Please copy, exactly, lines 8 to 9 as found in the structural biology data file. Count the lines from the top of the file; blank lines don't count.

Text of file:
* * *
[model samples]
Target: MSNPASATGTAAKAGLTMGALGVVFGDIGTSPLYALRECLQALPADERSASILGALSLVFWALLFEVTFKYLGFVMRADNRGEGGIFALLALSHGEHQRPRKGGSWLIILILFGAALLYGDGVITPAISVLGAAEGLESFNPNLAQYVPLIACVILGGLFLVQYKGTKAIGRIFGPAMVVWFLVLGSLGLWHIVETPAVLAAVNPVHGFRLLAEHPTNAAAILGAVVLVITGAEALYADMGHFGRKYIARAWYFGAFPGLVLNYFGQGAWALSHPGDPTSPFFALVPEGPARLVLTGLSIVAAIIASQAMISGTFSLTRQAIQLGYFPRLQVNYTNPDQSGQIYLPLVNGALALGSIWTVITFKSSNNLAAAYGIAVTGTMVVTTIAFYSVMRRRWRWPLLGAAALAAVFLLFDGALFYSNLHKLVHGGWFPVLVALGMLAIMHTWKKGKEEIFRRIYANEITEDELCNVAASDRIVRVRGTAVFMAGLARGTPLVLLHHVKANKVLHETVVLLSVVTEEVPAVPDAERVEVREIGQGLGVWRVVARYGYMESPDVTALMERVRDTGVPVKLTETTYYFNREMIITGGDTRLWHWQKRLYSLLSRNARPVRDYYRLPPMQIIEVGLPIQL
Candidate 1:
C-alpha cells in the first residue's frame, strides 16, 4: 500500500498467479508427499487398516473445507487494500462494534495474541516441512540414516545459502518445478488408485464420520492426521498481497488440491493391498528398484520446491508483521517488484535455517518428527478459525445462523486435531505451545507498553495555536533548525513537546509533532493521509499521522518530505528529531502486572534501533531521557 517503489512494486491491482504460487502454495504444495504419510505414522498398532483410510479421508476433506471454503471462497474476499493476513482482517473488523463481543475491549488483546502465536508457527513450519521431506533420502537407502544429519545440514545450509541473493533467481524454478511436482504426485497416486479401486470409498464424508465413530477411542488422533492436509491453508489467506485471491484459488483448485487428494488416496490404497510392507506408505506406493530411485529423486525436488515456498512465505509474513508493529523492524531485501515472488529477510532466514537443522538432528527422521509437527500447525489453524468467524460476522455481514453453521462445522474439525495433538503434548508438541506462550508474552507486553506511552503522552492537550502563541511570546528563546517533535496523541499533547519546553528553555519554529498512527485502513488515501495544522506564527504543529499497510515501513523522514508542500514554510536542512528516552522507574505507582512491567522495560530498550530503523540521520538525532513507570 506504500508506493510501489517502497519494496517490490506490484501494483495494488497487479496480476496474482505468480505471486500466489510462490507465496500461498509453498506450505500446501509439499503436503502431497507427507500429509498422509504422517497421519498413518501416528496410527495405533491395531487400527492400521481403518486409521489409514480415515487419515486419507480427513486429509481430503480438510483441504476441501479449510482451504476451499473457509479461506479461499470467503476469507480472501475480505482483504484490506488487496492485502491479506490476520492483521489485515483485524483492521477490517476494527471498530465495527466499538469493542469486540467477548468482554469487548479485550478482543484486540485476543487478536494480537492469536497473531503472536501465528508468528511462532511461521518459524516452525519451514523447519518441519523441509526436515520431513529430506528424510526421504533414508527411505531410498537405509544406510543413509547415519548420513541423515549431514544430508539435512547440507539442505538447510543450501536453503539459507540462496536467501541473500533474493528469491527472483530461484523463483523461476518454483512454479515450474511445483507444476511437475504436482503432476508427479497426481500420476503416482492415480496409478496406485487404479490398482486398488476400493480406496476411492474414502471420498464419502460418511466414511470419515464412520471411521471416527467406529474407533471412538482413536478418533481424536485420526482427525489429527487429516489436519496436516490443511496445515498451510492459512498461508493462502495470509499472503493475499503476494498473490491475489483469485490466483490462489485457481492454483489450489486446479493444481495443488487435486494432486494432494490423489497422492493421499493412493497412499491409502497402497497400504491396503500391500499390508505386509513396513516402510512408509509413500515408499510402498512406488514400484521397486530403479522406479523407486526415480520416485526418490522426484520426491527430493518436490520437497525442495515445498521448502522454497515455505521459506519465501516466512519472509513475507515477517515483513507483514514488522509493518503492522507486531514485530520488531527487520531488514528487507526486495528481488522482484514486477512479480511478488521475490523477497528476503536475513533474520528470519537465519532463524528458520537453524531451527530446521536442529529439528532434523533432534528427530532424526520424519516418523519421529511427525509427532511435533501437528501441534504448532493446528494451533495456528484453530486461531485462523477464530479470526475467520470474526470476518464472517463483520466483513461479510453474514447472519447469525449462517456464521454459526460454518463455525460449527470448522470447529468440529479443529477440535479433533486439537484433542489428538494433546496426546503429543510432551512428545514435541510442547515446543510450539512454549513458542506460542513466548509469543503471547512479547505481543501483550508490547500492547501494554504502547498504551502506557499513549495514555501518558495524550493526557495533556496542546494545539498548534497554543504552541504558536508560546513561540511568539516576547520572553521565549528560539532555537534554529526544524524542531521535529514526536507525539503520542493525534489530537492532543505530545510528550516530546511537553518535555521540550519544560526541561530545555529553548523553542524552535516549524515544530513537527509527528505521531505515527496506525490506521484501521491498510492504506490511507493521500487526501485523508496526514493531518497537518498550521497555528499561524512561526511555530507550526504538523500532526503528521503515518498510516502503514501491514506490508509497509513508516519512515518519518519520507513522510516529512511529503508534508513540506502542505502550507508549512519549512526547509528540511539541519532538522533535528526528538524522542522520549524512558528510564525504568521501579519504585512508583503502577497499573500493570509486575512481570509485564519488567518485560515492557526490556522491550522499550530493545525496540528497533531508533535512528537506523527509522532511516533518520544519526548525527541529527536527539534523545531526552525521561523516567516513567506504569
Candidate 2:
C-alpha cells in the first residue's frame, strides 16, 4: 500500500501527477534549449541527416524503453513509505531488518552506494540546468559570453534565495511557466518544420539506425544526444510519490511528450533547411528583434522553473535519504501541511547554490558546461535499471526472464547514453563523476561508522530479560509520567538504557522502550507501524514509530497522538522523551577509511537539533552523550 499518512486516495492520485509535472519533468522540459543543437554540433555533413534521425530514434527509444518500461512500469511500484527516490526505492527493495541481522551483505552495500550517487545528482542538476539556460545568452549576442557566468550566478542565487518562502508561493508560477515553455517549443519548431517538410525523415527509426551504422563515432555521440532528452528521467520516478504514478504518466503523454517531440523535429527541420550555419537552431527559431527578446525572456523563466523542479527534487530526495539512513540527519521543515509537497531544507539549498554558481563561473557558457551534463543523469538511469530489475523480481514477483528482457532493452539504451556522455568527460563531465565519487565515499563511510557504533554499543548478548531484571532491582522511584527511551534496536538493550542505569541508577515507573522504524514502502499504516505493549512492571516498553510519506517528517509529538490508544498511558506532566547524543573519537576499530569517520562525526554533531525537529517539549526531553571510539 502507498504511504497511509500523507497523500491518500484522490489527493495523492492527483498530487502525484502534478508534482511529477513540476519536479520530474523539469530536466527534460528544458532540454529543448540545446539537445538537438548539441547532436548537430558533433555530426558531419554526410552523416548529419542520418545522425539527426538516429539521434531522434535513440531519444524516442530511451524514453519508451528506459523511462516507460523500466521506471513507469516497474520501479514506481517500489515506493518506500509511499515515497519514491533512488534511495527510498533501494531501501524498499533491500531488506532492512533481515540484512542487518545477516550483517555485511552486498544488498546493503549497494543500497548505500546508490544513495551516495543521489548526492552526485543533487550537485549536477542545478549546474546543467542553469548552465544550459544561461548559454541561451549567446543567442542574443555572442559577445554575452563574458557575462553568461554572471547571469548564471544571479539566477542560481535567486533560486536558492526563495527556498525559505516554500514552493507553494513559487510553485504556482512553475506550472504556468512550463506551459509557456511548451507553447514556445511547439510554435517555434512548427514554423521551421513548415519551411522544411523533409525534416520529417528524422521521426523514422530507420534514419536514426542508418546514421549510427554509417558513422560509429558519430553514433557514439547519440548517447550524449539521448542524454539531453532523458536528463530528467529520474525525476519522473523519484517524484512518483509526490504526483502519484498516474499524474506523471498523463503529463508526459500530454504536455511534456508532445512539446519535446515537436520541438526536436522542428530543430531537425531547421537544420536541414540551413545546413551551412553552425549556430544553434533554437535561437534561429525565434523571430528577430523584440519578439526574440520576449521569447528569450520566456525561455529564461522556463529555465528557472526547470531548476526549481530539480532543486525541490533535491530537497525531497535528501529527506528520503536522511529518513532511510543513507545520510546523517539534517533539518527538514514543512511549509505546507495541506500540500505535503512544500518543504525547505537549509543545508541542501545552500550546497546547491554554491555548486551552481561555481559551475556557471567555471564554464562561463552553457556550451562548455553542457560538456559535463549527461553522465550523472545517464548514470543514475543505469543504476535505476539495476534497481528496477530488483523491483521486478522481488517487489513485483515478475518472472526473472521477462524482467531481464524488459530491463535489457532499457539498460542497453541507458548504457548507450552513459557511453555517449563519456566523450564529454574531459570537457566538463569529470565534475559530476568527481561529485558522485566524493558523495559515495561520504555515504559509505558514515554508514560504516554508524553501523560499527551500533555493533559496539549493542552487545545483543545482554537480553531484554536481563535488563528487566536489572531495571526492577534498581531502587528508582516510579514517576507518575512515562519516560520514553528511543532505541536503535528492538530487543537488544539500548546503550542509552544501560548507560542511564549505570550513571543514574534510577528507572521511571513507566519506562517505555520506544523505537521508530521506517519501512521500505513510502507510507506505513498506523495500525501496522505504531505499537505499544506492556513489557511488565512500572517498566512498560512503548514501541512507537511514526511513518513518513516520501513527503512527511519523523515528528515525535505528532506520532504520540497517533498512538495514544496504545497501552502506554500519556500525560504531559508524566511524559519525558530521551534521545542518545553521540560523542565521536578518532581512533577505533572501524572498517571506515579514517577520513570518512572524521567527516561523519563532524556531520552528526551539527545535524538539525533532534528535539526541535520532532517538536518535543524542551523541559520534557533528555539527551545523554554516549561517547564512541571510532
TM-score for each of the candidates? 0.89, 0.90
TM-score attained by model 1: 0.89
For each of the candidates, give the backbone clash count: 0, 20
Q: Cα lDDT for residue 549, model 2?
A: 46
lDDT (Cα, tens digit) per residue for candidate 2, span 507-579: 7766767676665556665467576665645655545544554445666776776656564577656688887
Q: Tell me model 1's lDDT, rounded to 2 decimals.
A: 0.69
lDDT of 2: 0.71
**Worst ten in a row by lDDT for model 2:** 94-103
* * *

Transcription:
TM-score attained by model 1: 0.89
For each of the candidates, give the backbone clash count: 0, 20